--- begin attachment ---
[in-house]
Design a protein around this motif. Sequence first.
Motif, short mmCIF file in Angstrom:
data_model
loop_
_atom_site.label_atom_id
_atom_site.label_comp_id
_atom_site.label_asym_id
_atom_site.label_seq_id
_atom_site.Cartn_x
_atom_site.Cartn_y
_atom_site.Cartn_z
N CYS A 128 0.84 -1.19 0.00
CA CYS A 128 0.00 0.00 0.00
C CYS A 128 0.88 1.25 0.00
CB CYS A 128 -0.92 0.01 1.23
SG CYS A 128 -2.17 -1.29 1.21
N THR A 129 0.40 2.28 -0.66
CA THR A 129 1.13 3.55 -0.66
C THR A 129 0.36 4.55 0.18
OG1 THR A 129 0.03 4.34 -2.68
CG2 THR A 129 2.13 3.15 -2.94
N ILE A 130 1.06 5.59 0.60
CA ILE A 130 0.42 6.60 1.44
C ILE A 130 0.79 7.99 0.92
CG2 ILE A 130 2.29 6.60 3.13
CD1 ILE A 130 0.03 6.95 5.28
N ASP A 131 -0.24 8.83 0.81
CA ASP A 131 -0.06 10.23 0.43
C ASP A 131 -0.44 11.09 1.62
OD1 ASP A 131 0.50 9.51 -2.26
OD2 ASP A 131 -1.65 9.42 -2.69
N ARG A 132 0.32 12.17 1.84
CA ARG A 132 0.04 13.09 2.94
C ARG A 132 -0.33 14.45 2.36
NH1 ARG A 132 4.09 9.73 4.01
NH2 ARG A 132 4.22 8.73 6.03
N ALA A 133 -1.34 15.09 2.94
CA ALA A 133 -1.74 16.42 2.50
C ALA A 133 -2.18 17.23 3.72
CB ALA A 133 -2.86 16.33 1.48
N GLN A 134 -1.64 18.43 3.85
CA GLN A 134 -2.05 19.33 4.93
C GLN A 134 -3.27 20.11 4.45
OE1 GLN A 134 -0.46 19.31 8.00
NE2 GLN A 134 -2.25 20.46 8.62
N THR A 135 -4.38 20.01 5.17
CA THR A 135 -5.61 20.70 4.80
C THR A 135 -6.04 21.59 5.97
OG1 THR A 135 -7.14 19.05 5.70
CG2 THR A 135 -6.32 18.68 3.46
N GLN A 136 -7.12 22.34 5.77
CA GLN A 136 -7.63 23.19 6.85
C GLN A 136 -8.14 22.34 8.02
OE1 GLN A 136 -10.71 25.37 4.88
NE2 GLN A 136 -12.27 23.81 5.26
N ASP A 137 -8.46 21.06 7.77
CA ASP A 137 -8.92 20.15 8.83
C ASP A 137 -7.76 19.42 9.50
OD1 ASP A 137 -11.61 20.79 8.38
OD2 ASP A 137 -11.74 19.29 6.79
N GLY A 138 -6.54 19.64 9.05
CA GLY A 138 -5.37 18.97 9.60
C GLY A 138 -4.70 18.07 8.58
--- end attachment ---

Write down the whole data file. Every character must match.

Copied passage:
[in-house]
Design a protein around this motif. Sequence first.
Motif, short mmCIF file in Angstrom:
data_model
loop_
_atom_site.label_atom_id
_atom_site.label_comp_id
_atom_site.label_asym_id
_atom_site.label_seq_id
_atom_site.Cartn_x
_atom_site.Cartn_y
_atom_site.Cartn_z
N CYS A 128 0.84 -1.19 0.00
CA CYS A 128 0.00 0.00 0.00
C CYS A 128 0.88 1.25 0.00
CB CYS A 128 -0.92 0.01 1.23
SG CYS A 128 -2.17 -1.29 1.21
N THR A 129 0.40 2.28 -0.66
CA THR A 129 1.13 3.55 -0.66
C THR A 129 0.36 4.55 0.18
OG1 THR A 129 0.03 4.34 -2.68
CG2 THR A 129 2.13 3.15 -2.94
N ILE A 130 1.06 5.59 0.60
CA ILE A 130 0.42 6.60 1.44
C ILE A 130 0.79 7.99 0.92
CG2 ILE A 130 2.29 6.60 3.13
CD1 ILE A 130 0.03 6.95 5.28
N ASP A 131 -0.24 8.83 0.81
CA ASP A 131 -0.06 10.23 0.43
C ASP A 131 -0.44 11.09 1.62
OD1 ASP A 131 0.50 9.51 -2.26
OD2 ASP A 131 -1.65 9.42 -2.69
N ARG A 132 0.32 12.17 1.84
CA ARG A 132 0.04 13.09 2.94
C ARG A 132 -0.33 14.45 2.36
NH1 ARG A 132 4.09 9.73 4.01
NH2 ARG A 132 4.22 8.73 6.03
N ALA A 133 -1.34 15.09 2.94
CA ALA A 133 -1.74 16.42 2.50
C ALA A 133 -2.18 17.23 3.72
CB ALA A 133 -2.86 16.33 1.48
N GLN A 134 -1.64 18.43 3.85
CA GLN A 134 -2.05 19.33 4.93
C GLN A 134 -3.27 20.11 4.45
OE1 GLN A 134 -0.46 19.31 8.00
NE2 GLN A 134 -2.25 20.46 8.62
N THR A 135 -4.38 20.01 5.17
CA THR A 135 -5.61 20.70 4.80
C THR A 135 -6.04 21.59 5.97
OG1 THR A 135 -7.14 19.05 5.70
CG2 THR A 135 -6.32 18.68 3.46
N GLN A 136 -7.12 22.34 5.77
CA GLN A 136 -7.63 23.19 6.85
C GLN A 136 -8.14 22.34 8.02
OE1 GLN A 136 -10.71 25.37 4.88
NE2 GLN A 136 -12.27 23.81 5.26
N ASP A 137 -8.46 21.06 7.77
CA ASP A 137 -8.92 20.15 8.83
C ASP A 137 -7.76 19.42 9.50
OD1 ASP A 137 -11.61 20.79 8.38
OD2 ASP A 137 -11.74 19.29 6.79
N GLY A 138 -6.54 19.64 9.05
CA GLY A 138 -5.37 18.97 9.60
C GLY A 138 -4.70 18.07 8.58